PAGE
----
I love fall in New England. It’s been five years since I’ve been here through an entire autumn, and I’ve missed it all: the gradual blazing of foliage, walking across ground carpeted with fallen leaves, brisk, sunny days that hint at winter’s gathering cold, the proliferation of apple cider, pumpkin ale and butternut squash.
It’s hard to know for sure (especially when caught umbrella-less in a sudden downpour) but I think I love the darker, chillier side of fall as well: the unpredictable cold snaps, menacing gusts and squalls that, leaf by leaf, knock down the gorgeous splendor, and the occasional afternoon of bone-chilling driving rain.
Yes, I think I definitely missed the bad bits of fall, as well as the good ones. Every year that I was away, the string of weeks running through October to November were never quite beautiful enough, but more than that, they were boring. I love fall because it’s a changing season. Every day is different, as you can tell by how easy it is to notice the late rising of the sun and it’s shifting departure from the sky, every evening earlier than the night before.
I love the sense of a world in flux that is so palpable in the fall, when to me time seems to go faster not just because of the shrinking hours of daylight but also because our calendar year is rushing towards its close, and I really think time is felt differently, depending on how we measure its elapsing.
These last few months of the year—October, November, December—feel shorter to me. The year is coming to an end, and as much as time may want to hesitate, slowing his pace so he can gather his thoughts before he has to rush into another year, starting the rhythm of days all over again, he can’t. Time marches on…and does more of his marching in the dark.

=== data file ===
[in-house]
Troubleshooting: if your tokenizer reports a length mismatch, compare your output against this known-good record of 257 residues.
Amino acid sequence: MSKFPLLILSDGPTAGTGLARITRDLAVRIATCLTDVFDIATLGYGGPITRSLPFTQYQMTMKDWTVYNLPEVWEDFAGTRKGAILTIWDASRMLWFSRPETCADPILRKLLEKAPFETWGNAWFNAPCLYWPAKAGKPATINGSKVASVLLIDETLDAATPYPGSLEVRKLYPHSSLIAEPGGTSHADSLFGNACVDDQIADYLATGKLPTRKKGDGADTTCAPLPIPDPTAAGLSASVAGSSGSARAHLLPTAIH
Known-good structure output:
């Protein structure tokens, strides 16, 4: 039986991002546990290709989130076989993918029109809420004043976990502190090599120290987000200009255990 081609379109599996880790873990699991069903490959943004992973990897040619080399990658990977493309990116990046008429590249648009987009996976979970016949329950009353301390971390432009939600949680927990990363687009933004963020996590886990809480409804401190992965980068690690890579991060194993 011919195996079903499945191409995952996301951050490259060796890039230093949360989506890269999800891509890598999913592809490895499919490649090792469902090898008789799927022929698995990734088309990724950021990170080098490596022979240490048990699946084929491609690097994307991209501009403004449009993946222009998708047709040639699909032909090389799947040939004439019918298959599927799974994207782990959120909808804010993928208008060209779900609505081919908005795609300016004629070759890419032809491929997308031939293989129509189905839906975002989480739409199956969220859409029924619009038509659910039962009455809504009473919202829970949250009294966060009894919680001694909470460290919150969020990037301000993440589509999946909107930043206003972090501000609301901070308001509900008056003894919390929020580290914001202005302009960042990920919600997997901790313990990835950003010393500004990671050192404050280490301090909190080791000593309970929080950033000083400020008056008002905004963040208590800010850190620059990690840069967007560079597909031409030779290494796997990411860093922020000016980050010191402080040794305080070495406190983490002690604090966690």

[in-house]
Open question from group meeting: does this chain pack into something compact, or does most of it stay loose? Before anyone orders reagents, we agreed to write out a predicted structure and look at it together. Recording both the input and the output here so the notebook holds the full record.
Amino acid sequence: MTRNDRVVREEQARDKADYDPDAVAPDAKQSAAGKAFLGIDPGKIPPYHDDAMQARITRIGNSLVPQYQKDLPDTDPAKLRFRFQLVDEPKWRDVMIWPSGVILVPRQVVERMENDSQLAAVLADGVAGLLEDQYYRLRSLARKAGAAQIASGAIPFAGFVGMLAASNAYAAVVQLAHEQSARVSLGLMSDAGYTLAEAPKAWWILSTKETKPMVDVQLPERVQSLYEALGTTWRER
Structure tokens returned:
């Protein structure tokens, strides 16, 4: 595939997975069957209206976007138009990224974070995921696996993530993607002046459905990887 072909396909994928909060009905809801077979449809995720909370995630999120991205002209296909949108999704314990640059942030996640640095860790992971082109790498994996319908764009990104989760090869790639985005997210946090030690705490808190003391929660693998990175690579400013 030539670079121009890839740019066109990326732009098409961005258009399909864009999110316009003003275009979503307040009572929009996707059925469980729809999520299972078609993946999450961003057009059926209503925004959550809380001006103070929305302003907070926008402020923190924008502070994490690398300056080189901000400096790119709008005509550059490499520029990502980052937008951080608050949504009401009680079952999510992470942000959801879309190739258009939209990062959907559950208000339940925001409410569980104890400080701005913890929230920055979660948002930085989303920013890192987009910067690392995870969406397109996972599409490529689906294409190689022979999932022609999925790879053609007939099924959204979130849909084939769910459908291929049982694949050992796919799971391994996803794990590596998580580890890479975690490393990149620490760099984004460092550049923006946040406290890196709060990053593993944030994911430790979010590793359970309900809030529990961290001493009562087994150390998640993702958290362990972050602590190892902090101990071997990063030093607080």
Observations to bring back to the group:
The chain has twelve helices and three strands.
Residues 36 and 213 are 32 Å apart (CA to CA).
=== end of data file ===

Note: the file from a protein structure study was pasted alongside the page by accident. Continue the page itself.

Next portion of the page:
Part of fall makes me want to hibernate; i want to curl up beneath a blanket with tea and a novel, knit mittens, cook stew, and drink hot chocolate while doing a jigsaw puzzle. And part of fall makes me want to go for long walks every afternoon, basking in the sun, gazing at leaves, buying caramel apples and petting happy, happy dogs.
Clearly, I idealize fall a little bit…the truth is I spend most of my time as I always do. Working, reading, writing, eating, sleeping, etc. But time does feel a bit different to me, and crimson maple trees and pints of October ale aside, it may well be this awareness of time–of the preciousness of time–that makes me love fall the most. I pay attention, every day, to the light, and the leaves, and the wind (and yes, the rain, and the cold). I effortlessly notice things that sometimes, at other points in the year, I have to compel myself to pay attention to, like how beautiful the Charles is, or how much I like the wild, overgrown garden of a certain purple house a few blocks from my apartment.
So in the spirit of fall (or in the spirit of my totally wicked awesome idealized New England fall) wherever you are this week, even if your hemisphere is telling you emphatically that it’s not actually fall, it’s spring, take a few moments just to notice things. Whatever kind of things you want.